Fellow complainant Ahmet Yıldırım, a doctoral student at Boğaziçi University in Istanbul, applied to the European court Jan. 12, 2010, saying his personal website on Google Sites, which he used to publish his academic work, had been banned by Turkey.


12th March   

Petition: A Spanish Film...

Film festival director allegorically screwed by the state
Link Here
Full story: A Serbian Film...Hype for the most 'outrageous' horror yet

A Serbian Film has got into more trouble in Spain.

The Barcelona public prosecutor has lodged a complaint against Sitges festival director Angel Sala, accusing him of screening child pornography. It is unclear whether the suit has been or will be admitted to court.

According to Spanish press sources, the Barcelona prosecutor's charge of child pornography relates to two rape scenes, one involving a newborn baby, another a boy of around 11 years of age. The baby in question was in fact a doll with legs animated by animatronics.

The Barcelona prosecutor's move has stirred a wave of protests in Spain. Writing in the El Pais, film director David Trueba argued Monday that If we believe that everything shown on a screen is real, Christopher Lee will be arrested one day accused of biting young virgins' jugular veins.

A Serbian Film played uncut at October's Sitges, stirring a wide range of reactions from critics and nutters. The showing moved Spain's Catholic Confederation of Family and Student Parents (Concapa) to lodge a complaint with Barcelona's public prosecutor for minors.

That prompted a San Sebastian judge to serve a provisional injunction on Tale, banning its screening at early November's San Sebastian's Fantasy and Terror Film Week in early November.

Update: Film Festival Directors respond

11th March 2011. Based on press release from

SITGES International Fantastic Film Festival of Catalonia wishes to show its complete support for Angel Sala and, by extension, the decisions that he has made while exercising his role as Director of the Festival.

Regarding the recent statements concerning the screening of A Serbian Film , the Festival wants to state that the above mentioned title is not a pornographic film, but, in fact, a fictional horror film, and is not meant as an attack or humiliation against the sexual dignity of minors.

SITGES wants to thank all the support it has received from its audience, other film festivals and important cultural figures.

A Serbian Film was screened after carrying out all necessary informative and control measures in order to prevent any minors from accessing the screening. These measures consisted of information placed in the Festival media to guarantee awareness about the content of the film to the audience before its viewing, as well as demanding proof of age from viewers entering the theatre.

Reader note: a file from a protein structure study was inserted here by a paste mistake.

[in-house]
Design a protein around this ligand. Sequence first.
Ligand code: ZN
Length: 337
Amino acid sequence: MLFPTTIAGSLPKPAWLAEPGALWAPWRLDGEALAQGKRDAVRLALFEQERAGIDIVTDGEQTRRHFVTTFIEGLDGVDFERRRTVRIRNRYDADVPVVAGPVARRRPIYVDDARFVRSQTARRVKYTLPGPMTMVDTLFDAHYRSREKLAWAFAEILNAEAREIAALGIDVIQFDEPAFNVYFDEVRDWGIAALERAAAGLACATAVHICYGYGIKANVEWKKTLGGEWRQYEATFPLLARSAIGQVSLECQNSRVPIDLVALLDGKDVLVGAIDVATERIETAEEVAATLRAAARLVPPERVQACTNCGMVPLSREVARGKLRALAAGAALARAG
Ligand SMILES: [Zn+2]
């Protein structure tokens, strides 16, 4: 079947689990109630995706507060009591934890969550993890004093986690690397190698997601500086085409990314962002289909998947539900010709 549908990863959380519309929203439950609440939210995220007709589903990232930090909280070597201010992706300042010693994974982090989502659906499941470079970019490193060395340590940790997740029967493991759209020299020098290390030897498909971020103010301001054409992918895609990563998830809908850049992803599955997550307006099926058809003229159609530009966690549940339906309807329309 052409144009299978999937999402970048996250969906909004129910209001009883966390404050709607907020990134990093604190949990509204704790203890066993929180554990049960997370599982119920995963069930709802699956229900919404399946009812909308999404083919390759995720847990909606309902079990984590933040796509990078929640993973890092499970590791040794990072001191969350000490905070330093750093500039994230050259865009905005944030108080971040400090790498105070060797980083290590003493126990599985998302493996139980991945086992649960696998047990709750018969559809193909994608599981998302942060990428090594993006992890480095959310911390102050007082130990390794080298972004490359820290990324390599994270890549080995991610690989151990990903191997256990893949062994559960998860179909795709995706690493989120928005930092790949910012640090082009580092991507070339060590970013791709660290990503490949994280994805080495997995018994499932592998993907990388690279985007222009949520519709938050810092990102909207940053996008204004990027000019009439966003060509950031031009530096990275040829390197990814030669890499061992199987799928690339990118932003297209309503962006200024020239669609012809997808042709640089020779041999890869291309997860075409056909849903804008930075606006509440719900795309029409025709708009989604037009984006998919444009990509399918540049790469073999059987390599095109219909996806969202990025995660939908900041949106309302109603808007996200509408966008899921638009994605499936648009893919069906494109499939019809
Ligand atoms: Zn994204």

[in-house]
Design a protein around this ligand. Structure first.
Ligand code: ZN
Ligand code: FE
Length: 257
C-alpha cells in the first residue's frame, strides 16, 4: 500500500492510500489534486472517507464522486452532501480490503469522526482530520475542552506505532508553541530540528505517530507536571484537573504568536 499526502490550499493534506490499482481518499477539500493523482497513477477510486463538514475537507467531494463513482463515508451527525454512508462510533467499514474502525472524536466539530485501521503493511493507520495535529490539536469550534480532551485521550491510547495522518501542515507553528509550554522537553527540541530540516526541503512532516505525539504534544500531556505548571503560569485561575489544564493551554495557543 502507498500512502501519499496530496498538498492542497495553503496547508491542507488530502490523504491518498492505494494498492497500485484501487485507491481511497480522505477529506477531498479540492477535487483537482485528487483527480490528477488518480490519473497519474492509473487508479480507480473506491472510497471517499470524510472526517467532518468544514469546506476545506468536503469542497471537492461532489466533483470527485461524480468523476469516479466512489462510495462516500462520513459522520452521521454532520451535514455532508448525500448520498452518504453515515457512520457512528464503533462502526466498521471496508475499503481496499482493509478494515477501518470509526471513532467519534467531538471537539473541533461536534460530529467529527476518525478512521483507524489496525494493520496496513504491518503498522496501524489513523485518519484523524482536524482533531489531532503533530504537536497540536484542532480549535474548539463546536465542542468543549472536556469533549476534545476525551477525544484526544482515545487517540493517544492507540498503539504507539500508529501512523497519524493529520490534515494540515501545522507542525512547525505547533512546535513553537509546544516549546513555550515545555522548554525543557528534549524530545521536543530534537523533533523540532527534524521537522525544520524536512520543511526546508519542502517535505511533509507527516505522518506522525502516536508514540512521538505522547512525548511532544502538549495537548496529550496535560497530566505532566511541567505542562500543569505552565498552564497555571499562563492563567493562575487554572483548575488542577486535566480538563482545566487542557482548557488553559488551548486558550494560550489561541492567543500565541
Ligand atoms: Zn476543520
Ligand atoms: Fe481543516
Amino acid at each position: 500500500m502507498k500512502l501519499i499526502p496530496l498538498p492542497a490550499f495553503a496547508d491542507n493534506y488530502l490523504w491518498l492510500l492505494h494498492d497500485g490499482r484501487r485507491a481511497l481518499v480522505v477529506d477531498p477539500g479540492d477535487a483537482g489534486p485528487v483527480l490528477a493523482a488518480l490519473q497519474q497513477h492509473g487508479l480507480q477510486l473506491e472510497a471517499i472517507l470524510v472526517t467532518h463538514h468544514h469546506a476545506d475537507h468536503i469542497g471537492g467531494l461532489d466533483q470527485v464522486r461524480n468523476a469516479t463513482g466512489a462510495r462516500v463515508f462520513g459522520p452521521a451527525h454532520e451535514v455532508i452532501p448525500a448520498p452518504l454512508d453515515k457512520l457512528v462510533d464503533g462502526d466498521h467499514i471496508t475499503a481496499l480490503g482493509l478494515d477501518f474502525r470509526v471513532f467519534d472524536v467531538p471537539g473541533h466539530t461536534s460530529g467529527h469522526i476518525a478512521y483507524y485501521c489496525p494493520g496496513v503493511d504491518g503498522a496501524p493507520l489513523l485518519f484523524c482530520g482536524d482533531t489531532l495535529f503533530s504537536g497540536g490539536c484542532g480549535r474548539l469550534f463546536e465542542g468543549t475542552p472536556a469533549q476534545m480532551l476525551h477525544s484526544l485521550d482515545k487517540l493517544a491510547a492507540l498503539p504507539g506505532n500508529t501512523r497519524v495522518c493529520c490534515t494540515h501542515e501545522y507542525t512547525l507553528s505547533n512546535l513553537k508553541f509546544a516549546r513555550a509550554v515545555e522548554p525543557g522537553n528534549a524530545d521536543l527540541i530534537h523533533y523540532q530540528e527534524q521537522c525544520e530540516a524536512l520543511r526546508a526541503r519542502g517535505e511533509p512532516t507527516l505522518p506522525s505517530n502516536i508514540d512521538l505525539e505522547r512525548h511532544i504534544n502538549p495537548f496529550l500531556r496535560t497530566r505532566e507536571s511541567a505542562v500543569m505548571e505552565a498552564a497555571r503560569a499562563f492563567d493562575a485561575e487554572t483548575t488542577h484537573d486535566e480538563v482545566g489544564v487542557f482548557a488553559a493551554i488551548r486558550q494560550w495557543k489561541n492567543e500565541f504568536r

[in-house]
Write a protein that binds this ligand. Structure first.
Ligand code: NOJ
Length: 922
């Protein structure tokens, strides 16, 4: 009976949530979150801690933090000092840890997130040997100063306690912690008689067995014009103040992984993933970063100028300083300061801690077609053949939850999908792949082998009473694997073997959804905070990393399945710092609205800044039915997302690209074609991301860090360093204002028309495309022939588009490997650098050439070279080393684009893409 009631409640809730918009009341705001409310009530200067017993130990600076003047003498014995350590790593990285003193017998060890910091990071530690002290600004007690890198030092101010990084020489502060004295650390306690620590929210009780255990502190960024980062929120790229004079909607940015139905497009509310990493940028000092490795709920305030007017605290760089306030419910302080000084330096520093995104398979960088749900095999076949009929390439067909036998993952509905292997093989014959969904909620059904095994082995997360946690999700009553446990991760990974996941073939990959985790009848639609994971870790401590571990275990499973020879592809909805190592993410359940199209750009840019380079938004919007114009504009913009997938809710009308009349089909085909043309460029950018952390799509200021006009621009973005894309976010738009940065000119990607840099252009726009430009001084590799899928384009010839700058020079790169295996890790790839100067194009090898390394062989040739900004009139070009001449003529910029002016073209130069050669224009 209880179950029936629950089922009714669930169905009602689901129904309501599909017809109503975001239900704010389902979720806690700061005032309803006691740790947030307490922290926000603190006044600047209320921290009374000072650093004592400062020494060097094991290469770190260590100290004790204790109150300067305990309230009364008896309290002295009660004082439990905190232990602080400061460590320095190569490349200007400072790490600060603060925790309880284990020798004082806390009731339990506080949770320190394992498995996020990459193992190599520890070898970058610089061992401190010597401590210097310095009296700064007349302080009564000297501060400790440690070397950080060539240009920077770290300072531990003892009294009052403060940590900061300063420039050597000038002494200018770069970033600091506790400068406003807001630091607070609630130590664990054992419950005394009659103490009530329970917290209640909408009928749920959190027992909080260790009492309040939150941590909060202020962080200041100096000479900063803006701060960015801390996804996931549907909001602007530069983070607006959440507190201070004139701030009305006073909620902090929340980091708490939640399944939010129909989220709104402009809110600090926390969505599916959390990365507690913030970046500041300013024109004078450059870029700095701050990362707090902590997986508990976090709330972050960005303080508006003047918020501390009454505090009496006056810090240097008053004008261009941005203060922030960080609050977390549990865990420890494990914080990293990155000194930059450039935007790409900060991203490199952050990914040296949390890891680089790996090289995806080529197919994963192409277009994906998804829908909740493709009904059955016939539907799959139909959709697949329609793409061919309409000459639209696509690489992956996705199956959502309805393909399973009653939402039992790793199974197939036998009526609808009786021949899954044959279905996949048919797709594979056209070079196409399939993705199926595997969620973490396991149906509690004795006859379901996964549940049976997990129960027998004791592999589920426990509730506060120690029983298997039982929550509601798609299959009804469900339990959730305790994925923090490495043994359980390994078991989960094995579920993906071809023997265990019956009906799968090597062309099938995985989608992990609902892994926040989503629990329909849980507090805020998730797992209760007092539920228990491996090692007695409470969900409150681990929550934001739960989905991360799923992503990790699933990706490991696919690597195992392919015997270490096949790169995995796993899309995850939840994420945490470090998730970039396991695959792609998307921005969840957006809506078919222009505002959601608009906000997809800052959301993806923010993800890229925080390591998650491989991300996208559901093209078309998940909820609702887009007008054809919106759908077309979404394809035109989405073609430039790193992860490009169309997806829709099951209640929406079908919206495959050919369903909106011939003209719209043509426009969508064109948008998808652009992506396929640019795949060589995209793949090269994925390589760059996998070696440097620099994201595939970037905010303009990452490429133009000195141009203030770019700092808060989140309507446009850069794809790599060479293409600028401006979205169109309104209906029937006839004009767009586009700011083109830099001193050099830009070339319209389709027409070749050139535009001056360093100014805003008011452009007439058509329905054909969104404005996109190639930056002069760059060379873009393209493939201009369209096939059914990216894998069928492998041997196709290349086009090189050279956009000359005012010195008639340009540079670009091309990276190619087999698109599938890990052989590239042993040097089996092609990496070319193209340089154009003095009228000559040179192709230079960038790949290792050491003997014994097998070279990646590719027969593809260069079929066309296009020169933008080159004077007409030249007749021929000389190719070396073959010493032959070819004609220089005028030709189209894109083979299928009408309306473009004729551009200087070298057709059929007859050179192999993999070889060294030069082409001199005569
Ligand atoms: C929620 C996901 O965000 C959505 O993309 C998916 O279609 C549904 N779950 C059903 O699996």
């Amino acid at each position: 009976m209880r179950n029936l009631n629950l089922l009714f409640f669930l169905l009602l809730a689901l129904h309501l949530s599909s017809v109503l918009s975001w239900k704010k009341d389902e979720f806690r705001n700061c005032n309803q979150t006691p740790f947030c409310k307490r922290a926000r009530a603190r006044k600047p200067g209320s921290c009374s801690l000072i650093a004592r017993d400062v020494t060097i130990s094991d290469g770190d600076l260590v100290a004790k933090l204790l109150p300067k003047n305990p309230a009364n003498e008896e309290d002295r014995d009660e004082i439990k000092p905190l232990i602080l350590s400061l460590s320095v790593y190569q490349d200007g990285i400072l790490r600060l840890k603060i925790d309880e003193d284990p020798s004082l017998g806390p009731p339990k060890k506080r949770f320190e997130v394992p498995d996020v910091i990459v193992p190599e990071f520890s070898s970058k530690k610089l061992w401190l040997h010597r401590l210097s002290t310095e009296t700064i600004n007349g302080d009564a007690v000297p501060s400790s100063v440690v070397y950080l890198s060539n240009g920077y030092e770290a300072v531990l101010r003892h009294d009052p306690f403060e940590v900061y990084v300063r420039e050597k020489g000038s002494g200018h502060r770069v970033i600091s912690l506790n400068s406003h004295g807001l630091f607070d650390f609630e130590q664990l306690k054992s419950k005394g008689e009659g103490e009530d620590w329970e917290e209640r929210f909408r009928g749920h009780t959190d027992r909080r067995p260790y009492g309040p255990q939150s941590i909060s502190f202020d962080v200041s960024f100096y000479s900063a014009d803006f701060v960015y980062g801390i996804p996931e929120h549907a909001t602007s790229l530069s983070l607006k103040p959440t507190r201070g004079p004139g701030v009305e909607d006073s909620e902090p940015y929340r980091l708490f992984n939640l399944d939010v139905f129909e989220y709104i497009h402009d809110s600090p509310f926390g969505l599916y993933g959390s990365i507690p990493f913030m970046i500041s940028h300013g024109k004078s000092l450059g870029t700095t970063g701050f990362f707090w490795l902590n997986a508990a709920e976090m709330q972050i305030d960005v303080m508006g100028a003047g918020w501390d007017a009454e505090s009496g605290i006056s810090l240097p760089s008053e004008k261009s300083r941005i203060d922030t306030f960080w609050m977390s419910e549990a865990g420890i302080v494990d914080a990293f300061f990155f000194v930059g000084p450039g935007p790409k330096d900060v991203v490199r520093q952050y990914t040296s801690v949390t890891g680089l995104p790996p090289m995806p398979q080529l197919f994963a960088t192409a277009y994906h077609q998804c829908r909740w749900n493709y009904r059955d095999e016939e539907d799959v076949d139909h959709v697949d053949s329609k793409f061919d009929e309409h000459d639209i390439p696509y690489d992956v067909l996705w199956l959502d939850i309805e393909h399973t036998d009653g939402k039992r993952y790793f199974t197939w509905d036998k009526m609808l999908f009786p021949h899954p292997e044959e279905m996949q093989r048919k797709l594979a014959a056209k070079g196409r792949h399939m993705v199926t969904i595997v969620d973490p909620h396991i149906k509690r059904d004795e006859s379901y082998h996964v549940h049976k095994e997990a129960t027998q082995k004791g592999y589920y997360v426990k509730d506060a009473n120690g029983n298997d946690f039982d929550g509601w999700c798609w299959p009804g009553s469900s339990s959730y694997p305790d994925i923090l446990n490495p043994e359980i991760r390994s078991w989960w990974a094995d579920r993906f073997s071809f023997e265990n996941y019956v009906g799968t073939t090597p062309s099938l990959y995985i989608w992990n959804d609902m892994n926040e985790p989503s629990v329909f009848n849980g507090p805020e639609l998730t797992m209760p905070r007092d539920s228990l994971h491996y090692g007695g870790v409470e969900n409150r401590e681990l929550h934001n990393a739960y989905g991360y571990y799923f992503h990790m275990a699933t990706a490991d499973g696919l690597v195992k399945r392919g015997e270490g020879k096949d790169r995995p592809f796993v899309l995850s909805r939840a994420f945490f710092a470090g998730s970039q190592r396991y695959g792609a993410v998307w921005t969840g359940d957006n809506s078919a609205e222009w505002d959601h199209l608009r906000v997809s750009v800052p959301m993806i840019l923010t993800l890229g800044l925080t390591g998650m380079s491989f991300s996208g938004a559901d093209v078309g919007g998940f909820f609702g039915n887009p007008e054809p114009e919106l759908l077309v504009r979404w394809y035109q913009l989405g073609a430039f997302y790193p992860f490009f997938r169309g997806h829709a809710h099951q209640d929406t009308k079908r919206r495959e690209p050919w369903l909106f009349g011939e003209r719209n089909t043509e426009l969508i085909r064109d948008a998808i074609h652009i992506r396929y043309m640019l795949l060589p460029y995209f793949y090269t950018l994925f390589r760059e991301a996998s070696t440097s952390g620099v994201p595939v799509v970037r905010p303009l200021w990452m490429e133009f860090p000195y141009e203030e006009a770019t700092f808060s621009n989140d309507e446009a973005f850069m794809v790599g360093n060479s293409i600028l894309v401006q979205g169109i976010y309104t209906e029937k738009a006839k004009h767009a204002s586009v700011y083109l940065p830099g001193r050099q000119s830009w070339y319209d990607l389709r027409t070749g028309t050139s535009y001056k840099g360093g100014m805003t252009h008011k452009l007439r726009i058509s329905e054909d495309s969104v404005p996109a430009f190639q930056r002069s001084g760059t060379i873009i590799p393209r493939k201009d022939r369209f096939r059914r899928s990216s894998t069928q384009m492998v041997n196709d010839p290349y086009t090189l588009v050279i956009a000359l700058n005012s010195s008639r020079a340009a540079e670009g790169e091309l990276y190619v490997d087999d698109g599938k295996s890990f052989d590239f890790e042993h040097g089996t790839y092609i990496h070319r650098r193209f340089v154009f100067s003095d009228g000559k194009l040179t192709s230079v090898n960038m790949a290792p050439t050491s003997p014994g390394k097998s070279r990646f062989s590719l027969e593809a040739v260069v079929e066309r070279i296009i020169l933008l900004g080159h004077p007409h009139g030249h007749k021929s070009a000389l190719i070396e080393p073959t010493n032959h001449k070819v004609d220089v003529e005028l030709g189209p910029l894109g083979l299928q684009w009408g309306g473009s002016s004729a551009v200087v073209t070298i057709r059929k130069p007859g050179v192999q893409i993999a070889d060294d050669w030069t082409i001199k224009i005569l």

A Serbian Film has also been screened at the two most prestigious markets in the world, the Cannes Film Market and Film Festival and the American Film Market in Santa Monica, California, and will be commercially distributed in the United Kingdom, Canada and the United States.

SITGES wants to thank again all support shown, as well as to express its respect to all the criticism that has given room to a necessary debate about the importance of freedom of speech and creation in the programming of film festivals.

SITGES International Fantastic Film Festival of Catalonia considers that it has acted rigorously in providing the audience with all the information it might require beforehand. Nevertheless, the rise of critical voices will make the Festival reflect on their communication mechanisms in the future, emphasizing child protection, and defending freedom of speech and creation as it has done from the beginning.

Support letter by directors of Spanish film festivals

We, the undersigned, directors of Spanish film festivals, wish, in view of the leak to the press published this weekend, to state our surprise at the legal action taken against Angel Sala, director of the Sitges International Film Festival of Catalonia, for having included in the 2010 programme of the said event, at sessions for adults only, A Serbian Film, which it is claimed contains violent, pornographic scenes conflicting with the rights of the child.